Google CEO Larry Page has vocal cord paralysis

larry page vocal cord paralysis
Larry Page stopped speaking at public events from June to October 2012.

When Google CEO Larry Page stopped talking at events last summer, some company watchers feared the worst. But Page revealed on Tuesday that he's perfectly healthy, and his raspy voice is due to vocal cord paralysis.

Page wrote in a post on his Google+ page that his doctors speculate it's virus-based nerve damage from a terrible cold he suffered 14 years ago, though they can't pinpoint a definitive cause. That 1999 cold left him with paralysis of the left vocal cord, and another cold last summer paralyzed the right cord.

"Thankfully, after some initial recovery I'm fully able to do all I need to at home and at work, though my voice is softer than before," Page wrote. "And giving long monologues is more tedious for me and probably the audience."

Page's voice issues surfaced last June, when Google (GOOG) announced he had "lost his voice" and would skip the company's upcoming quarterly earnings call and other events. Page didn't appear in public until Google's Zeitgeist conference in October, where he declined to comment on his health but sounded notably hoarse.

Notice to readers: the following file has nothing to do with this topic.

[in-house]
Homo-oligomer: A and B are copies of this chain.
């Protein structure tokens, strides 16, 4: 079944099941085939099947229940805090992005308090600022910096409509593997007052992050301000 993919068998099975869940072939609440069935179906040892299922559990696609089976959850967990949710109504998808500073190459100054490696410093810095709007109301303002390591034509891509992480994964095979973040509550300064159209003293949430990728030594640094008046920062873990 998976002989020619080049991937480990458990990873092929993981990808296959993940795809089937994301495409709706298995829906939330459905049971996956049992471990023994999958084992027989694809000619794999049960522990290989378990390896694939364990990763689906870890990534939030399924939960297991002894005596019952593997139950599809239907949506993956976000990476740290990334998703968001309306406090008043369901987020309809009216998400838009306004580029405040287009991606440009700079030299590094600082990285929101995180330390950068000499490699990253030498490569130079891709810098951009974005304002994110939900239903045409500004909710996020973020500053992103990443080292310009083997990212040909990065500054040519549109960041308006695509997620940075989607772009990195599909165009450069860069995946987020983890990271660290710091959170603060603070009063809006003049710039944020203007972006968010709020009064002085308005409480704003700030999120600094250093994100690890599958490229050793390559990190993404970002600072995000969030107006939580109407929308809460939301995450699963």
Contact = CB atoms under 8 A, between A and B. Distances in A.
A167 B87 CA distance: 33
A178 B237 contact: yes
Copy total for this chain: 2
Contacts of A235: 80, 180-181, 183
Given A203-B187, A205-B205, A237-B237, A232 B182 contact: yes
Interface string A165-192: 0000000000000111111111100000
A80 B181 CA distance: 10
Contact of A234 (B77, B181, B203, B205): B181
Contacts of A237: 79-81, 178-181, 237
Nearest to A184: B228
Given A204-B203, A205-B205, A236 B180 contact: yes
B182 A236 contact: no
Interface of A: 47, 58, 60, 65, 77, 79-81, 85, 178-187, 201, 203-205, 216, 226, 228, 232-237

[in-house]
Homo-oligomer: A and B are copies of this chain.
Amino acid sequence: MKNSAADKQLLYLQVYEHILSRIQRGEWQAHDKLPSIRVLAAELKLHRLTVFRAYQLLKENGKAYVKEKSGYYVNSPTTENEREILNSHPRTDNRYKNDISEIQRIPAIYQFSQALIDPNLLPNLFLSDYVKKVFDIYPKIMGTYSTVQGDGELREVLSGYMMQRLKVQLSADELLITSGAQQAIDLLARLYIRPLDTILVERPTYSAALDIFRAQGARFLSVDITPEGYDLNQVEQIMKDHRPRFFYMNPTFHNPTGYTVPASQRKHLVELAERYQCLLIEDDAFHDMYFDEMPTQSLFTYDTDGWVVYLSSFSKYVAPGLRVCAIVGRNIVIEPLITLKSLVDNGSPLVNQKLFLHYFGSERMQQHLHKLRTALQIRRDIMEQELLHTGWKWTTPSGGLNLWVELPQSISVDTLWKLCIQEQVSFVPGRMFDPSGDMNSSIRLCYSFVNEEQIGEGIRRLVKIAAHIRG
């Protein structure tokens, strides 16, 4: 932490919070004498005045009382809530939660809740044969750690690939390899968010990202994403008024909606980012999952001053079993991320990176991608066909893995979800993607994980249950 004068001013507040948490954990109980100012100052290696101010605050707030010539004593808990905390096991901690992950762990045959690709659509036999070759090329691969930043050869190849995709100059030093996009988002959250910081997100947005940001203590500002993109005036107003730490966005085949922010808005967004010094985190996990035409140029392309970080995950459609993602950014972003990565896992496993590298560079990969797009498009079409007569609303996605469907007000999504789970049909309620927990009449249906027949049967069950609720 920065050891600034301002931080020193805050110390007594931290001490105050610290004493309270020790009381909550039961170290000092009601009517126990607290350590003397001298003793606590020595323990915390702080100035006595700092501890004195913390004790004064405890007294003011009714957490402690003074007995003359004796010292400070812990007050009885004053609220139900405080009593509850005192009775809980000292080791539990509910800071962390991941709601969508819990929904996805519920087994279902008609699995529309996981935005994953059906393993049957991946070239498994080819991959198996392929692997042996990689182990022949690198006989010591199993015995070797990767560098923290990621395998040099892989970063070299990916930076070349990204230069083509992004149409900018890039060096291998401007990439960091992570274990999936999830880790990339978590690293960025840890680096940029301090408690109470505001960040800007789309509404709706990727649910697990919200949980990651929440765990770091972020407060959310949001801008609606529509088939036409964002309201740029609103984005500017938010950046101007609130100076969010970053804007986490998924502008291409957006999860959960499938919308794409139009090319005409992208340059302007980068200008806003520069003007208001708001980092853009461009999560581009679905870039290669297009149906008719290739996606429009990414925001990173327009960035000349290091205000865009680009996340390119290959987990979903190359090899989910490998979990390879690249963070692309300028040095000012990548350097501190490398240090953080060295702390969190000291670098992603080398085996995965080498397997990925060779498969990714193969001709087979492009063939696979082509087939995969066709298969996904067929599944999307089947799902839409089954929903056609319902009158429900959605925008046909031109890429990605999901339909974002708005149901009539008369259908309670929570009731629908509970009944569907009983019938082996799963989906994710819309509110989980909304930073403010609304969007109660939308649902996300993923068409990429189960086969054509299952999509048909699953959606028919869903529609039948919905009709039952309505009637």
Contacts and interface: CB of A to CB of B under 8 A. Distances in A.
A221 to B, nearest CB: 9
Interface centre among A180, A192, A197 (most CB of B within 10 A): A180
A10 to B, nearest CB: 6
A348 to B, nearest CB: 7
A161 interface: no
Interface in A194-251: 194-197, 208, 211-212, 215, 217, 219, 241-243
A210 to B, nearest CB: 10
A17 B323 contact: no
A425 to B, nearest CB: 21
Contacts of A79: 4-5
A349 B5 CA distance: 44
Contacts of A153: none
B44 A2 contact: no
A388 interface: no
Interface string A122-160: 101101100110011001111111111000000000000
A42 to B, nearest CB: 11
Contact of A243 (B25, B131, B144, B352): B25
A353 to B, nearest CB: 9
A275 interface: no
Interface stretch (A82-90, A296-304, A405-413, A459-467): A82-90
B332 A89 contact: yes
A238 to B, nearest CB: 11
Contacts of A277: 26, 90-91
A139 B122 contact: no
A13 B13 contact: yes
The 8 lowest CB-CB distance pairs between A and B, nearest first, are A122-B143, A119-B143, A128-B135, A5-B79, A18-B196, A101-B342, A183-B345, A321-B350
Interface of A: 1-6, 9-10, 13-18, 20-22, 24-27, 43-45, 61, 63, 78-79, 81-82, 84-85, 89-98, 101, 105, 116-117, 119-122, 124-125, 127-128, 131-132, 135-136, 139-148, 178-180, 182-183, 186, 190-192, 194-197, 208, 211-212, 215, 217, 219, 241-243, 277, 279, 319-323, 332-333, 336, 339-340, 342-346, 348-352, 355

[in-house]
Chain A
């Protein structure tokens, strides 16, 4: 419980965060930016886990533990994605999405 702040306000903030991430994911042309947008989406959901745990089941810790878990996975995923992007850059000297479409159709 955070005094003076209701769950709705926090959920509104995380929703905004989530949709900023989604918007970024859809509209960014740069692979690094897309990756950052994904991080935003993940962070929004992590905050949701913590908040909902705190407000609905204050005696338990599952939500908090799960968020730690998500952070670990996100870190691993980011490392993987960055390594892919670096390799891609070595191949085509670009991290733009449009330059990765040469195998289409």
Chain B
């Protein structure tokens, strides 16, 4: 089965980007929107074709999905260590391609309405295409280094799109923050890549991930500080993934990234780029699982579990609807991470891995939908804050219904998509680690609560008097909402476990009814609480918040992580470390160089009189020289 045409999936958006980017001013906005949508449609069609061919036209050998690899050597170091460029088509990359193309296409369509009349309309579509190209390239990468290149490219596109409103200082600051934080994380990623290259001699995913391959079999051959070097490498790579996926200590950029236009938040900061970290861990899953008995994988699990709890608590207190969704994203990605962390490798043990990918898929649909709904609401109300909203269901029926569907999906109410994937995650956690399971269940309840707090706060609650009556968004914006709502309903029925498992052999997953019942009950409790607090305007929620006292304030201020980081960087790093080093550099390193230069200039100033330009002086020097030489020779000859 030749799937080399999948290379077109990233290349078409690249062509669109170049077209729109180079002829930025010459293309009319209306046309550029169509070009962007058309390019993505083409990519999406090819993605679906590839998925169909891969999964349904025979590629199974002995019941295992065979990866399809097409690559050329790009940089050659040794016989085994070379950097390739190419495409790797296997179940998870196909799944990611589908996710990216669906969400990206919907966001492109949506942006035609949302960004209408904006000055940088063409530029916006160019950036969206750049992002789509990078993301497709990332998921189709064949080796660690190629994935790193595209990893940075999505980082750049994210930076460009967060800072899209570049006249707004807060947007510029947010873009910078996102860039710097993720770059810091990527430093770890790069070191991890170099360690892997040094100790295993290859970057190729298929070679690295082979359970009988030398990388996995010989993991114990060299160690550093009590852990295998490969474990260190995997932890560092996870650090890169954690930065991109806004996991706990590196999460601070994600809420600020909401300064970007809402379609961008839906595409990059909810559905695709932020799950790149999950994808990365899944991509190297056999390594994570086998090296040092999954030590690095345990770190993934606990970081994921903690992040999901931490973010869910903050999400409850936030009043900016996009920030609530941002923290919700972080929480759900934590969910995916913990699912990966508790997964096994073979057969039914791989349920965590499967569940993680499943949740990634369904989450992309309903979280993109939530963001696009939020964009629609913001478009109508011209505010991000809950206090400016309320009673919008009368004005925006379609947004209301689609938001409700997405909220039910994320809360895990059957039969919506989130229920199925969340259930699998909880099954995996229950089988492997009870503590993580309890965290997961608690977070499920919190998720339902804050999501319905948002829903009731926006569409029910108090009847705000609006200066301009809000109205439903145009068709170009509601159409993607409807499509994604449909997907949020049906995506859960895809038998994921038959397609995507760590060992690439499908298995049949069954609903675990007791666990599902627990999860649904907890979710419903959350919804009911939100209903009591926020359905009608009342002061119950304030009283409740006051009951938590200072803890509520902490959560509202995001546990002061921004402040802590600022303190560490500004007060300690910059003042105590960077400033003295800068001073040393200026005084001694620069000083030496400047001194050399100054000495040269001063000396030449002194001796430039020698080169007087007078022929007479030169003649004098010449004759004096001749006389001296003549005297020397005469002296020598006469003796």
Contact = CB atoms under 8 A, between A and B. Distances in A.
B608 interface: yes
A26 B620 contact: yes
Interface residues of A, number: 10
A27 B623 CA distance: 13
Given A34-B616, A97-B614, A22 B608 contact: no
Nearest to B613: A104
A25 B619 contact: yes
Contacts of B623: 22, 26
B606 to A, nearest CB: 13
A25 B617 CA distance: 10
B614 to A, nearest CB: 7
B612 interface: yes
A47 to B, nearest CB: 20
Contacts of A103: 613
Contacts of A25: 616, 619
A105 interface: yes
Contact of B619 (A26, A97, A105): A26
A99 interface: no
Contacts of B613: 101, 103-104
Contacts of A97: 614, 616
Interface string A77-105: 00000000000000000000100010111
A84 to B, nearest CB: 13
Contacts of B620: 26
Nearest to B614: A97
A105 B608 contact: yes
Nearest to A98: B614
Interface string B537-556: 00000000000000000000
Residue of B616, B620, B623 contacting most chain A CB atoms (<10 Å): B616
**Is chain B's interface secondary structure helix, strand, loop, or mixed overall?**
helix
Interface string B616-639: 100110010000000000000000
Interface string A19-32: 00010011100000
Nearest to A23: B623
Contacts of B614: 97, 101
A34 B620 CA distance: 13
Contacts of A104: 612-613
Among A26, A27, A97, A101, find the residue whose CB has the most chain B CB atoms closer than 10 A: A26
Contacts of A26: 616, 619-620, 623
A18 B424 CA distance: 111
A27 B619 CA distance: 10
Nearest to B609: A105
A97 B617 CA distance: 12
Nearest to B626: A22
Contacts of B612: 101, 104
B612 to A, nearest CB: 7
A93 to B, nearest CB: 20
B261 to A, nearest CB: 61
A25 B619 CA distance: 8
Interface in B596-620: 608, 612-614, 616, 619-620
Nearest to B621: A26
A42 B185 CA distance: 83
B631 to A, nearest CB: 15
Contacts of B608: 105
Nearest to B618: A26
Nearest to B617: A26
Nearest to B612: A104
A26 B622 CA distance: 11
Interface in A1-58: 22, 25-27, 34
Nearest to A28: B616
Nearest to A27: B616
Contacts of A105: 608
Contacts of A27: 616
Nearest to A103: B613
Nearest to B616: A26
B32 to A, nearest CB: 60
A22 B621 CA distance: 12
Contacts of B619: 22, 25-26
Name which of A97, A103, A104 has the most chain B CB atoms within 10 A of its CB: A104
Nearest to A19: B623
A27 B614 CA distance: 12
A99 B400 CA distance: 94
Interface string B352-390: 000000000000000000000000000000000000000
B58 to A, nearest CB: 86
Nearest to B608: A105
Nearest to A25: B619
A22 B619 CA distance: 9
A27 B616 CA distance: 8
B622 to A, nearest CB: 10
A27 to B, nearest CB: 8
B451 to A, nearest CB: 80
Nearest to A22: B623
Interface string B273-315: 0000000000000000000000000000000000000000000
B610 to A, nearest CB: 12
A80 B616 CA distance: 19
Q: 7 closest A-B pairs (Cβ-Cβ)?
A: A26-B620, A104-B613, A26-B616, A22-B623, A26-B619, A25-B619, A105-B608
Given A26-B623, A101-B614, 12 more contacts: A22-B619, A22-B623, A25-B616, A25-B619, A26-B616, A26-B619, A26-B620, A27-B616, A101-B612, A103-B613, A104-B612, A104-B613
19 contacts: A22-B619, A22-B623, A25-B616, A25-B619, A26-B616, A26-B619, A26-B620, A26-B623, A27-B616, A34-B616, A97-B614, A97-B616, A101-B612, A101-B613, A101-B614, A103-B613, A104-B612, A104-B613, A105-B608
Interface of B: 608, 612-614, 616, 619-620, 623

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Corporate governance pundits called on Page to disclose his condition given that he's the CEO of a public company, but neither he nor Google released details. Once Page did begin speaking at events like earnings conference calls, his short statements fueled more speculation.

Page didn't say why he ultimately revealed his condition, or why he chose Tuesday to do so.

Google's I/O developer conference kicks off on Wednesday, but Page hasn't attended the event in recent years. Fellow co-founder Sergey Brin usually handles the big I/O announcements. Page wrote that Brin told him "I'm probably a better CEO because I choose my words more carefully. So surprisingly, overall I am feeling very lucky."

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Page added that people tell him he has sounded better lately, and he has worked with vocal cord specialists to help him improve.

Paralysis of both vocal cords is very rare, Page said, which means researchers have little data to work with. Page also said that he is funding a "significant research program" through the Voice Health Institute, and he included a link to a survey seeking data from vocal cord paralysis sufferers.

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